RS: How has your live show developed over the years?
Karl: Well, weve tried to maintain that notion of improvisation. We still dont rehearse or have a setlist. We are inspired by the best DJs that dont have a setlist who respond to the moment as well as jazz improvisation. Our intention is always to create something which is of the moment and is changing depending on where you are in the world and who youre playing to and what their response is. Things have changed and obviously technology enables us to develop our instruments so that it becomes more expressive and enables us to do more of the things that weve always wanted to do.
Were continually looking to being in that place where were unsettled so whenever we get comfortable it just doesnt work. If something works one night, we deliberately set out to not do it the next night. Except if things are really slick, we deliberately set out to make a horrible mistake so that we can kind of get out of a kind of slick state of mind.
RS: So, tell me one of your strangest stories behind a live gig?
Karl: To be still here after twenty-three years is pretty damn strange. I dont remember these things, because for me theyre extraordinary experiences. The last twelve years of playing live with this version of Underworld and with Rick has been extraordinary, pretty much every show weve done, playing to people who are giving you back so much energy and joy that you are lifted and taken somewhere else. Never needed drugs, never took drugs and never took anything on stage, because the energy that was coming back to us was extraordinary. For all the time previous to that, wed never experienced anything like that, it was a fairly lackluster affair, mostly because we were pretty lackluster people ourselves. These things have turned into extraordinary events: weve played on mountains, weve played on beaches, weve played in deserts, weve played in ancient Roman amphitheaters. Were pretty lucky to have been part of this thing and everything becomes extraordinary. I will say probably two gigs spring to mind, one is in New Jersey this year at Giants Stadium, where the Field Day Festival was transferred from a two-day event to one day in the pouring rain. Instead of headlining a stage with all our production, we go on at three o'clock in the afternoon in the pouring rain with the equipment breaking down and instead of to a full stadium to about fifteen thousand people. The spirit there was amazing, from the people in the crowd through to the people working the stage and the organizers. Everybody had a smile on their face and everybody was kind of pulling out their very best to make something special, and thats probably one of the most spiritually uplifting experiences in my life actually.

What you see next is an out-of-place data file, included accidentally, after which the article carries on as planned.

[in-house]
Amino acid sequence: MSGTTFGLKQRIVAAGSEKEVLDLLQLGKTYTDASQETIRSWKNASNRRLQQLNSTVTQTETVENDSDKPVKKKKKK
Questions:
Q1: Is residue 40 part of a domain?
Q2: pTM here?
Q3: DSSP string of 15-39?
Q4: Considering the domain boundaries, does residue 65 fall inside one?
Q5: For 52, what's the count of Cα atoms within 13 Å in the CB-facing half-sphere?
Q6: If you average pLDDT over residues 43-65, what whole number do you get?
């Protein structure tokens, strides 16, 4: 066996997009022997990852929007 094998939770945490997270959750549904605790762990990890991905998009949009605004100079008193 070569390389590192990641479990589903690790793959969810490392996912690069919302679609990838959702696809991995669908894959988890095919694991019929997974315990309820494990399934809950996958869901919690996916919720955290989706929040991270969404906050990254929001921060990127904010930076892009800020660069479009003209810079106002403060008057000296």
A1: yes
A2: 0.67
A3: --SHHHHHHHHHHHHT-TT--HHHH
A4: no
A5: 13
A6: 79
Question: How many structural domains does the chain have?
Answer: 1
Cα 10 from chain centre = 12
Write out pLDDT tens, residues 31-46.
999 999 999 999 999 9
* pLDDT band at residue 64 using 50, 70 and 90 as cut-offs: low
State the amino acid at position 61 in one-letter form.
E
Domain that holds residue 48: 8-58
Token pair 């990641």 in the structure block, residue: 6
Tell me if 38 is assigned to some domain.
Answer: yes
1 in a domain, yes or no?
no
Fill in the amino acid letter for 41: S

RS: Will you be doing anymore live dates or are you doing the USA, Ibiza, et al?
Karl: I dont anticipate doing any live dates now until weve finished the next studio album. There is some discussion about something out in California around July, but as yet thats still kind of being batted about as to how it could be made special. So, theres been no intention to play any more live shows, weve just come back from playing live in Japan, and we have one more thing to do which has been an ambition for thirty-odd years and thats to play the John Peel show, here on the BBC. He is a legendary man whos probably done more to inform my musical tastes than anyone else, so thats pretty special. So next Wednesday on the 10th were playing live to air, which is a buzz, to be playing live to air is so exciting. Great, because anything could happen.
RS: I am very happy with what you said because there was this rumor that I heard on Radio One that you all were planning on retiring, and Im glad thats so not true.
Karl: I think we retired from the music business about 1989, and weve been having fun ever since.
RS: Lets also go back to your first live performance at Glastonbury back in 92, what was it like hitting the stage that first time?
Karl: It felt exciting, like we were going into unknown territory. A large group of people had come together; people that build sound systems, people like Function One who used to own Till Bass Sound. There was Sheba Photonic that were the projection people. There were people that had built the stage at Glastonbury who built this two-level tower and the quadraphonic sound system around the outside. We played from this tower in the middle of the crowd. Everything about it was from the point of view of not being in a band and not conforming to making something that a singers ego could roam around and explore. It was a very, very tight space that was filled with DJs and us, a big console took up most of the space and a drummer friend of ours, Trevor Morace, had an electronic kit.